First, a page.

Agricultural nitrogen – fact or fiction?

Nowadays, on a daily basis, we hear different economic terminologies such as inflation, emerging, surplus, etc., all of which have one function: to adjectivise the current global economic situation.

But all of this sounds far away, but we can still feel it in our daily lives due to the excessive increases in basic elements of daily life such as electricity, gas, fuel and, of course, foodstuffs dependent on the primary sector.
An indispensable element for the production of quality fruit and vegetables is nitrogen, and we all wonder: nitrogen? Yes, it is the most widespread chemical element in agriculture, and the most important in an agricultural system.

Here are the details.

What is nitrogen?

Nitrogen is a chemical element identified by the letter N. It is a colourless, odourless gas and plays a major role in plant growth. Nitrogen (N) is an essential element and, together with phosphorus (P) and potassium (K), it is the most abundant element in the soil.
are the three most important macronutrients (NPK) in plant nutrition.

In what form is nitrogen found?

Nitrogen is found in three forms depending on its availability to plants:

  • Nitric nitrogen: quickly and directly absorbed by the plant, however, it must be taken into account that due to its fast absorption it is also very washable and loses its action very quickly.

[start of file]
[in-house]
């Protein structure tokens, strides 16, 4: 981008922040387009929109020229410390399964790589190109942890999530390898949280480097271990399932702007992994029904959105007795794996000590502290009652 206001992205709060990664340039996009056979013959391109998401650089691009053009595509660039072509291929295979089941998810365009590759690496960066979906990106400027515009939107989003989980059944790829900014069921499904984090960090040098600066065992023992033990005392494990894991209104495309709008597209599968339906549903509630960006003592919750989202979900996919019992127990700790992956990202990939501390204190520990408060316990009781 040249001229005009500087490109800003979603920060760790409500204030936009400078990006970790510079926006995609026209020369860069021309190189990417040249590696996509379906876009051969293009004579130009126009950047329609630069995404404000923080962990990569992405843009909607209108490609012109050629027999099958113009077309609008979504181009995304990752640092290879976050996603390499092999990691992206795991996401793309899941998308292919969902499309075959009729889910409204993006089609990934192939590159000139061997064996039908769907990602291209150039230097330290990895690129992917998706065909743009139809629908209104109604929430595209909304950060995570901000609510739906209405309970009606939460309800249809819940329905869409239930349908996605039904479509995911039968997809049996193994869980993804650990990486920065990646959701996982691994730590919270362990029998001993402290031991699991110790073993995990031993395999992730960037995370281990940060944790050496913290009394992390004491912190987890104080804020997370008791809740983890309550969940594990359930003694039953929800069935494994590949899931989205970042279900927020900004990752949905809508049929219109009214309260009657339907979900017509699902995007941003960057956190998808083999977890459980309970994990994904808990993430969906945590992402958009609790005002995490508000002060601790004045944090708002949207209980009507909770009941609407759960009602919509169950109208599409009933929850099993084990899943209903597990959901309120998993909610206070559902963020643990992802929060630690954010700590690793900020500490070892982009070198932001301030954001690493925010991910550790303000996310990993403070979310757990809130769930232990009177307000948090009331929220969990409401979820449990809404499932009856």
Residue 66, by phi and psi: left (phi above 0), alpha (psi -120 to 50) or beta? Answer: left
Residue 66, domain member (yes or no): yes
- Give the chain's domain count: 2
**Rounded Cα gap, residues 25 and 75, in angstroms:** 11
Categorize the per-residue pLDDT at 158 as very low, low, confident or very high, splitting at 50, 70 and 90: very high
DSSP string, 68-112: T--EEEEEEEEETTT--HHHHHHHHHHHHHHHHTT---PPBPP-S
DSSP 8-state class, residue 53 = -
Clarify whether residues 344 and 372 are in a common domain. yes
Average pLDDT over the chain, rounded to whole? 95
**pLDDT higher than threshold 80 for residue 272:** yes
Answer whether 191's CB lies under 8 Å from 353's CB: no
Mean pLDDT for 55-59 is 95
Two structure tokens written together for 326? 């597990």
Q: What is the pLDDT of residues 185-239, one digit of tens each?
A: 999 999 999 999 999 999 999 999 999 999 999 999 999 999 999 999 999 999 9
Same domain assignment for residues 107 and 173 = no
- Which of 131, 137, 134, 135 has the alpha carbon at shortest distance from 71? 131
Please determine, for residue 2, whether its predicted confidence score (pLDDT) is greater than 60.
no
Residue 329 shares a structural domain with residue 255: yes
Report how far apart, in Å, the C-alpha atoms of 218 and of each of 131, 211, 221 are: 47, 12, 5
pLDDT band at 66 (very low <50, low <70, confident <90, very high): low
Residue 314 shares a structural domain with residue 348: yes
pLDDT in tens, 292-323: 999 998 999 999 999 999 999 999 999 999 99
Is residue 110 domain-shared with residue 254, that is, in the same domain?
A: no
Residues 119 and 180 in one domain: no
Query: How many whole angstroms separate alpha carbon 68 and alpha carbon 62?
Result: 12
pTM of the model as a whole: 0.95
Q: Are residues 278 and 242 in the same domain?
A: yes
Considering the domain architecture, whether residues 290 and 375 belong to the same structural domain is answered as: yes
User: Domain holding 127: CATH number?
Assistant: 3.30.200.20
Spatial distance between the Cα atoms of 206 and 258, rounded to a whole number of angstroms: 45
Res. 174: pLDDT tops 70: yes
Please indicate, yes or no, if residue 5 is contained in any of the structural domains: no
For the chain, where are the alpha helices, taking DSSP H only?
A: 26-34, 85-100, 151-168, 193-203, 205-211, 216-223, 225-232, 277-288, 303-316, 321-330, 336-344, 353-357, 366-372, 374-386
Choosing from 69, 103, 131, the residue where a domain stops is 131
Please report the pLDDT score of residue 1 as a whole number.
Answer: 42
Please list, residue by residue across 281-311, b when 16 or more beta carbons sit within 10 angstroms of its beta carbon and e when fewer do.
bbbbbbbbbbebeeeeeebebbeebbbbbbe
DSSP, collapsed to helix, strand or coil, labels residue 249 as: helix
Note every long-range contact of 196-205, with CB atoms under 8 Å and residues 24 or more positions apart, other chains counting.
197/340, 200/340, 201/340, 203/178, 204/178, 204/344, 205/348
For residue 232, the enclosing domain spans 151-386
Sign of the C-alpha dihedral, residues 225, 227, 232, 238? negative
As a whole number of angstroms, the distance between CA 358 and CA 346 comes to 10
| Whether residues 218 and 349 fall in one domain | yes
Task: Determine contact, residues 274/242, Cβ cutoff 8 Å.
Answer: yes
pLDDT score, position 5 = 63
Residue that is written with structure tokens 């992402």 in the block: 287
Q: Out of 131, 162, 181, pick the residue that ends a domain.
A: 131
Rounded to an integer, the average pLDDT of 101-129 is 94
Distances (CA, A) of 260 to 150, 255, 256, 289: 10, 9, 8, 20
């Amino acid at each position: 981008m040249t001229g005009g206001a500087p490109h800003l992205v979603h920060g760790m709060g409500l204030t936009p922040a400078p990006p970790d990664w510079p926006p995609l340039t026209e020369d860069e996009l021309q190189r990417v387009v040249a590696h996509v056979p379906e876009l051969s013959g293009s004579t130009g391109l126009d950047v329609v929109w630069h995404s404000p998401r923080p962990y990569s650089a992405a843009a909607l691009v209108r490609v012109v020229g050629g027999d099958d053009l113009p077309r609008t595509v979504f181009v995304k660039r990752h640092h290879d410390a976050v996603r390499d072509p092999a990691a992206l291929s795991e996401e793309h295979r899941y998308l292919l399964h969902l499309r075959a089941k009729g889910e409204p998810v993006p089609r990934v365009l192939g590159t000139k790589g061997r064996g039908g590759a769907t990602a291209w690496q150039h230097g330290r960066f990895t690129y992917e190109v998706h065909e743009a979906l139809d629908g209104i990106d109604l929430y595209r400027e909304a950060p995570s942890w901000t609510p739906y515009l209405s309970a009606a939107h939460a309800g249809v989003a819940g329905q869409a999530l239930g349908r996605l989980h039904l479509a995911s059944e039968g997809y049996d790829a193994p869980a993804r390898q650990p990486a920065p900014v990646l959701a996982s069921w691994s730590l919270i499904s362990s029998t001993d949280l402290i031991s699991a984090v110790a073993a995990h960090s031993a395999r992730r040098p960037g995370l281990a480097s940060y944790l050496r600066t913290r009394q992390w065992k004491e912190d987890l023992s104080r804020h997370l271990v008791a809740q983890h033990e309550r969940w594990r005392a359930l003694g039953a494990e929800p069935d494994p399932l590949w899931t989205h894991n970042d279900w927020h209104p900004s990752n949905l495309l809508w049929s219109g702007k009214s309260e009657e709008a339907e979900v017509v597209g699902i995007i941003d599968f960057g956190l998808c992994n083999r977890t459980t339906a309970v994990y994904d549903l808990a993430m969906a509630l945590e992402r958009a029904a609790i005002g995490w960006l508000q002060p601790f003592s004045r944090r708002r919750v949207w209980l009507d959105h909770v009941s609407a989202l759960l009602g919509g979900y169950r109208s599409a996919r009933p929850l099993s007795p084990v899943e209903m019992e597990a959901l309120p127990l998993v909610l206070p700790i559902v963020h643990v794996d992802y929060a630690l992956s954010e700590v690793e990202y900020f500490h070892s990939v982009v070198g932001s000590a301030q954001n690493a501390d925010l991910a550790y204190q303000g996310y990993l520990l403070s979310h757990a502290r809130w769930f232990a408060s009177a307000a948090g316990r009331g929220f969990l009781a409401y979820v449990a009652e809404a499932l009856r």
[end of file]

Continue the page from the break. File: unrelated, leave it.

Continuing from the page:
• Ammoniacal nitrogen: in order to be absorbed by plants, it has to undergo a transformation process, called nitrification, and at the end of this process, nitric nitrogen is assimilated by plants. To be taken into account
    is the durability of this form in the soil, but at the same time it can suffer volatilisation losses.
  • Urea nitrogen: more commonly known as urea, in this form, in order to be absorbed by plants, it needs the transformation of the two periods described above, but as it has such a slow action, its effectiveness can be reduced by 50 %. Perhaps in this last case, as the most commercially known fertiliser, is where we have noticed the increases referred to, currently reaching more than 900 €/tn, with records as recently as last season at 240 €/tn.

What other ways can I apply nitrogen to my crops?

We are living through a time of change in our agriculture, whether it is due to various laws that are becoming more and more stringent or to more exemplary measurement of production costs.
Traditional farming practices are making a comeback, which in turn makes for a more sustainable environment, such as crop rotation with legumes, whether they are winter legumes like our Villosa Orium vetch seed, or spring-summer legumes like our Crotalaria Juncea Crescent sunn-seed.

The main characteristic of a legume is that of nitrogen fixation in the soil, and with Crescent Sunn Crotalaria juncea we can reach up to 240 units, which on the market would be worth more than 260 euros, or for example, to apply those 240 units, we would have to provide our land with 5. 200 kg of urea at 46%, but if in addition to the contribution of N, we combat nematodes from different families and provide organic vegetable matter to our soils, it is a more than profitable crop not only for biological or ecological agriculture but also for traditional agriculture, which is gradually turning towards sustainable production.